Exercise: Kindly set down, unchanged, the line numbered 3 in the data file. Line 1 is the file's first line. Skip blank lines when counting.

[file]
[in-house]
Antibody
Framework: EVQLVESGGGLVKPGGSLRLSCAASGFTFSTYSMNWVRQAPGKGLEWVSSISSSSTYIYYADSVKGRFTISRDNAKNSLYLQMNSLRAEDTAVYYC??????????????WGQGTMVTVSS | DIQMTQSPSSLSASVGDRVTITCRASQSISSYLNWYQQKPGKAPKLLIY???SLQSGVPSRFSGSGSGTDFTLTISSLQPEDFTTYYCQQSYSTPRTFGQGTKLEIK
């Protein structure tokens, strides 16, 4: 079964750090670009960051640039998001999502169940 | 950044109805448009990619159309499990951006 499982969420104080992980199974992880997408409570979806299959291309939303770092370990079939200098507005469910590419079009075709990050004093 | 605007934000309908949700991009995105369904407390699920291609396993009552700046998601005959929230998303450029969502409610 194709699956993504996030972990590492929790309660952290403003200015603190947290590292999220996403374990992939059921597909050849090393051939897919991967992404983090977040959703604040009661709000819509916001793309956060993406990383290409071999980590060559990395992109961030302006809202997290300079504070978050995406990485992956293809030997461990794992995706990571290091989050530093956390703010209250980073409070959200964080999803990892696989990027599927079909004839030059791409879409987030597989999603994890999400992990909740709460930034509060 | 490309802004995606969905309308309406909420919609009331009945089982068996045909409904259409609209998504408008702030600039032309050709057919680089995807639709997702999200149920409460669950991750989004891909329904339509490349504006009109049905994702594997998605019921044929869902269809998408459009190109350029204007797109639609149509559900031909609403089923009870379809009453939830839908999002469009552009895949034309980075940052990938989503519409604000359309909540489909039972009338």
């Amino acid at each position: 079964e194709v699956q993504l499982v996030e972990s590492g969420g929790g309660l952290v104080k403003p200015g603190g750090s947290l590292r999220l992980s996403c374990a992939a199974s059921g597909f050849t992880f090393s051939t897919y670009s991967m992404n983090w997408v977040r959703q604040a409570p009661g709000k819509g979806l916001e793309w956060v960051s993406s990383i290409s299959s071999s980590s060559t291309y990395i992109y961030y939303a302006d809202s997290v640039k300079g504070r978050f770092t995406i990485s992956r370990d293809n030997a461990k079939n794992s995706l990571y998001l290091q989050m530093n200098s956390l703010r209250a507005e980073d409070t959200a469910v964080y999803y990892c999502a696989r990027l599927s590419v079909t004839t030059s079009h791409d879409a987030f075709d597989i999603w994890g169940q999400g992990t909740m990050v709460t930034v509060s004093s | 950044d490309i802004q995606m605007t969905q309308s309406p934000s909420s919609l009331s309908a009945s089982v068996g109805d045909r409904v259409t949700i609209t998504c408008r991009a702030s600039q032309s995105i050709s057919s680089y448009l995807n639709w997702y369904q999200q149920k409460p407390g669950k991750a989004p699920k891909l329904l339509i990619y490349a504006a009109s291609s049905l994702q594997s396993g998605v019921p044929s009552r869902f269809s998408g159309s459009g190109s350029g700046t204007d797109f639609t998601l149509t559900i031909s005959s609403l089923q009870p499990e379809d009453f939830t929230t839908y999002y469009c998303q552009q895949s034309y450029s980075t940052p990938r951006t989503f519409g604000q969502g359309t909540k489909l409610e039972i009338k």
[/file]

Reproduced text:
Framework: EVQLVESGGGLVKPGGSLRLSCAASGFTFSTYSMNWVRQAPGKGLEWVSSISSSSTYIYYADSVKGRFTISRDNAKNSLYLQMNSLRAEDTAVYYC??????????????WGQGTMVTVSS | DIQMTQSPSSLSASVGDRVTITCRASQSISSYLNWYQQKPGKAPKLLIY???SLQSGVPSRFSGSGSGTDFTLTISSLQPEDFTTYYCQQSYSTPRTFGQGTKLEIK